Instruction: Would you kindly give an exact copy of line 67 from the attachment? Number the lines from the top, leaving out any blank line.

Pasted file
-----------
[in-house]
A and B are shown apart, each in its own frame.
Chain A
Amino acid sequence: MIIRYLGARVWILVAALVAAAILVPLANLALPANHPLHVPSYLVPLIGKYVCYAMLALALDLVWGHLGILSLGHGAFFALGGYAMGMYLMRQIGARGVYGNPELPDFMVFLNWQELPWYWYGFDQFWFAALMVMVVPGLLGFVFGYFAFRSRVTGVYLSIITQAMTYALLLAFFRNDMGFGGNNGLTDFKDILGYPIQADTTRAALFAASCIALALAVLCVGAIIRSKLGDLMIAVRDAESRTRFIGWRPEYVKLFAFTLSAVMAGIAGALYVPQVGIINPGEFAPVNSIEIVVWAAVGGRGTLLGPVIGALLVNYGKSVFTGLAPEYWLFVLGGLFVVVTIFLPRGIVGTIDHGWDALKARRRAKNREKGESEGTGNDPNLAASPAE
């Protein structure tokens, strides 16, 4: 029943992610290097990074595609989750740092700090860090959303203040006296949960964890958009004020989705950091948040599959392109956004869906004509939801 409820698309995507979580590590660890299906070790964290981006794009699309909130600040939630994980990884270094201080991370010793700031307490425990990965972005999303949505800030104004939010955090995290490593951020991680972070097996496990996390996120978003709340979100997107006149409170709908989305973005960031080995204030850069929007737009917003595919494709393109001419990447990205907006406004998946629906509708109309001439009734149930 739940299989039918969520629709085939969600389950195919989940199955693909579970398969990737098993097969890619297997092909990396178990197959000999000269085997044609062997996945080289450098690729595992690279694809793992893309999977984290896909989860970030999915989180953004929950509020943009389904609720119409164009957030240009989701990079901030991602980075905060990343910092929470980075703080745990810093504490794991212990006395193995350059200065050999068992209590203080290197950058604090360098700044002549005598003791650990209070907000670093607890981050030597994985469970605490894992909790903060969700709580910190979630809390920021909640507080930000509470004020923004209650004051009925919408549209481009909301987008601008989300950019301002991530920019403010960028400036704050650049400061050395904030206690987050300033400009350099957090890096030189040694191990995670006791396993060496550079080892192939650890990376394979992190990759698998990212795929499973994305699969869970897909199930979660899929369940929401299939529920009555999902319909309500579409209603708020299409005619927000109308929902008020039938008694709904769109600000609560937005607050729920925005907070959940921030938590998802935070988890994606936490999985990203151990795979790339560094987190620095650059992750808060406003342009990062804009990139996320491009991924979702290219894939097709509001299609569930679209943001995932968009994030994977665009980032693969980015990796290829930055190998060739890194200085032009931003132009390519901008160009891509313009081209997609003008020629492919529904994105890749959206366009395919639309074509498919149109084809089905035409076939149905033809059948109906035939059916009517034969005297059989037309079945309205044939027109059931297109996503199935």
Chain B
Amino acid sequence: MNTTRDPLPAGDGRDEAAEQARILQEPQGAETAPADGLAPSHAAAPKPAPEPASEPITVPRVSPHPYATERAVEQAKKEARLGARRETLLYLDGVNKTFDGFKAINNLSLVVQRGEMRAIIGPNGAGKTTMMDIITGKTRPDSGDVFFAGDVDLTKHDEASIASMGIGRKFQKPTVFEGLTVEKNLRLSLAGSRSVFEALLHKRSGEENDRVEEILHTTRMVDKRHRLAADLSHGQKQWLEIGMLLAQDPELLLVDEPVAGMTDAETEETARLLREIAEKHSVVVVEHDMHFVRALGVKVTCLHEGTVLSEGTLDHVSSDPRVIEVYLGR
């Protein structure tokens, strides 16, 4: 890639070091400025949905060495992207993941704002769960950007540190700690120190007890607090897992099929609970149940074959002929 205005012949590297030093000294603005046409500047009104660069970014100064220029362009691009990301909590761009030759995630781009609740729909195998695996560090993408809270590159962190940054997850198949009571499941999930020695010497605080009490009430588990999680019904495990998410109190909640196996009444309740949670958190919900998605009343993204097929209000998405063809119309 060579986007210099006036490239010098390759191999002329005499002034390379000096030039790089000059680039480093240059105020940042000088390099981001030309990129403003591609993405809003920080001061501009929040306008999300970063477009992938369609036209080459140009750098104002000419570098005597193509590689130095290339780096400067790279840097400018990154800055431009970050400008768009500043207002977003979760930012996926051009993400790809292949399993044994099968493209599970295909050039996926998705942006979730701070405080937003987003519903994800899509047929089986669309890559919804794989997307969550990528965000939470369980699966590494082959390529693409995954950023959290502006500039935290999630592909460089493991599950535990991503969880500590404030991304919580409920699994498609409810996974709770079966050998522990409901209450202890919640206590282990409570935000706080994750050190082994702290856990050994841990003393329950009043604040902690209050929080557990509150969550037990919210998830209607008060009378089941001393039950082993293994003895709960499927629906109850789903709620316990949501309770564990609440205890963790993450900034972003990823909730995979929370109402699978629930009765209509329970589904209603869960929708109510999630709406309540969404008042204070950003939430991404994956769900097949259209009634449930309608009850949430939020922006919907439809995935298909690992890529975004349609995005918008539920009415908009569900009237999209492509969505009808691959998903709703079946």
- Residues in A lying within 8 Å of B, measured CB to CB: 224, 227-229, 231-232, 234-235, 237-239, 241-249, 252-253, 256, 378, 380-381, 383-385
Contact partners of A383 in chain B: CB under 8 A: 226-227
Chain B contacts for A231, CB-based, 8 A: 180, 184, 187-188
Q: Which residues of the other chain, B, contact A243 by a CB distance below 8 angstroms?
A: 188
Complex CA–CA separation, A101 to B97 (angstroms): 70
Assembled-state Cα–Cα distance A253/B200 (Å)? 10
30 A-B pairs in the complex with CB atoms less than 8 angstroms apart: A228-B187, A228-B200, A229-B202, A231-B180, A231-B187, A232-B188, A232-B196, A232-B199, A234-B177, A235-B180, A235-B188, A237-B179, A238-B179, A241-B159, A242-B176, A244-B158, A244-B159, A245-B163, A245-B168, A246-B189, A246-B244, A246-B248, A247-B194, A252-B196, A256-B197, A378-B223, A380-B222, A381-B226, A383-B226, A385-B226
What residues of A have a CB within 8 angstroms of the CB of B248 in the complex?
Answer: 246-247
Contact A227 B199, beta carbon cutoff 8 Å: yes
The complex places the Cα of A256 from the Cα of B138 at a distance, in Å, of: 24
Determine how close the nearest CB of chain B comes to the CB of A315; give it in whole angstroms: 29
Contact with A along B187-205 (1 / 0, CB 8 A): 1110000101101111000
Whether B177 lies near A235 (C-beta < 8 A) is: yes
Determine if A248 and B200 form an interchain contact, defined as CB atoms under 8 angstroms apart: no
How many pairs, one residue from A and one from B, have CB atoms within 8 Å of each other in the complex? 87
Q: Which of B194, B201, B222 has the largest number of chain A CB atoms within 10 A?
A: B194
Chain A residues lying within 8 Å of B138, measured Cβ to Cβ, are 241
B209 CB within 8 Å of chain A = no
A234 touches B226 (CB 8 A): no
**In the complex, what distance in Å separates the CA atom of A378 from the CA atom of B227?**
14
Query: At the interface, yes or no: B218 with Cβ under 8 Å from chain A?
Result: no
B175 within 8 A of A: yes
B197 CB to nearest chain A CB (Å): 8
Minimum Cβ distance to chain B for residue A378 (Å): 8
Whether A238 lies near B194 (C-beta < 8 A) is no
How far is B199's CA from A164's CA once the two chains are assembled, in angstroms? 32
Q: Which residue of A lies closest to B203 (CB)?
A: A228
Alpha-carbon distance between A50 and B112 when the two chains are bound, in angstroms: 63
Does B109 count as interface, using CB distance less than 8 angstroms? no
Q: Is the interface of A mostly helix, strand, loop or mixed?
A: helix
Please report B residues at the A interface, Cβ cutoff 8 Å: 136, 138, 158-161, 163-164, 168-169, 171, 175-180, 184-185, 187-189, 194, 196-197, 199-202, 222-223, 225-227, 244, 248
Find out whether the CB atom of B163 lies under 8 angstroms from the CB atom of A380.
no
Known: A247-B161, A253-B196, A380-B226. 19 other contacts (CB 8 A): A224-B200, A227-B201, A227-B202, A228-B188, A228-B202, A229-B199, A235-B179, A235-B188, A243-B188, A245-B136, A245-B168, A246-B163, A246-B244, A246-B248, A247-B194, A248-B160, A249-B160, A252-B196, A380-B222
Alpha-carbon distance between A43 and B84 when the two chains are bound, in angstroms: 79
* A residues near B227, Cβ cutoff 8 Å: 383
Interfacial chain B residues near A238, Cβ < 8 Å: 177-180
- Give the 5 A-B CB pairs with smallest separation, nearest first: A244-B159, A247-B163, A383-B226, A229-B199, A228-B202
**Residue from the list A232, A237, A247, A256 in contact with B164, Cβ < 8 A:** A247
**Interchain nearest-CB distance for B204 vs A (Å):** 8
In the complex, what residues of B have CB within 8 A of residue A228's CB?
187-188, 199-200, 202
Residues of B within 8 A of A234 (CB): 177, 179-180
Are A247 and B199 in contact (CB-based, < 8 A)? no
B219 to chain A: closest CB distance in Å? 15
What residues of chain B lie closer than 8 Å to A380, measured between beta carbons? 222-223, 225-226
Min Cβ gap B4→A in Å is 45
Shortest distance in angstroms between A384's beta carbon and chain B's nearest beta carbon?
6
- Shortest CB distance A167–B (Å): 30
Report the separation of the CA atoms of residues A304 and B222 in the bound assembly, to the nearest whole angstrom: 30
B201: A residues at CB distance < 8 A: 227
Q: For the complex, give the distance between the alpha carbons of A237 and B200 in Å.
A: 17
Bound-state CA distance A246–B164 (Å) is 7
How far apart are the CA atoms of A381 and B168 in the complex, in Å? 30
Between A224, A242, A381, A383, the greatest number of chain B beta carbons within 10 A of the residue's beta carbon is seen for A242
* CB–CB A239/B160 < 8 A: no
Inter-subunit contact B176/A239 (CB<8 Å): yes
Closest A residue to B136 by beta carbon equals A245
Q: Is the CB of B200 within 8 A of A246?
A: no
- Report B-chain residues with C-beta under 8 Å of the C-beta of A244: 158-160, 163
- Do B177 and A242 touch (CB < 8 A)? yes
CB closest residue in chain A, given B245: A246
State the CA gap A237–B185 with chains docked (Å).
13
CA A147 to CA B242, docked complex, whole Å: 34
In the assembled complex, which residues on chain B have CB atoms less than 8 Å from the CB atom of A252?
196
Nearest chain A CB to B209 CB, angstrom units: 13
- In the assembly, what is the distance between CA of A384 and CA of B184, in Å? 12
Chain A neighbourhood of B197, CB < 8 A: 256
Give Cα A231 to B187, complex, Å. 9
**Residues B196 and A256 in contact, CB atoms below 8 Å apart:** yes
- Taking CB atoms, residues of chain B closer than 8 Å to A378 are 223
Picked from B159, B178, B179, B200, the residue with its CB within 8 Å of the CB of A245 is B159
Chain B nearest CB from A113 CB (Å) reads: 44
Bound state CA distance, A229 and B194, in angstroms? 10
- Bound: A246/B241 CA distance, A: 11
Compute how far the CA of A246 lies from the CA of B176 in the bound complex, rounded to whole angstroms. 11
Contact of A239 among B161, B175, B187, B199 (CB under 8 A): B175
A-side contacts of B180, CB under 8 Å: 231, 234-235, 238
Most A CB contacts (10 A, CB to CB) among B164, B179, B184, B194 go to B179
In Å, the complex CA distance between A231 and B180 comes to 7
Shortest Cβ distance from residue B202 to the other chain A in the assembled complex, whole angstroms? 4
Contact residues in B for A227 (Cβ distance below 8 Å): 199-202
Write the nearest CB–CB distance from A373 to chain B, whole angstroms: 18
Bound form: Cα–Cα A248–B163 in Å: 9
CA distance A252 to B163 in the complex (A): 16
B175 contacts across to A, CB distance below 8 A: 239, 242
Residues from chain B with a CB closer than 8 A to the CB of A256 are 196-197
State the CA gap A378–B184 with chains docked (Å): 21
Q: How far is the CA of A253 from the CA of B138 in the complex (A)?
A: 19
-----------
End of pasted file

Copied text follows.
B201: A residues at CB distance < 8 A: 227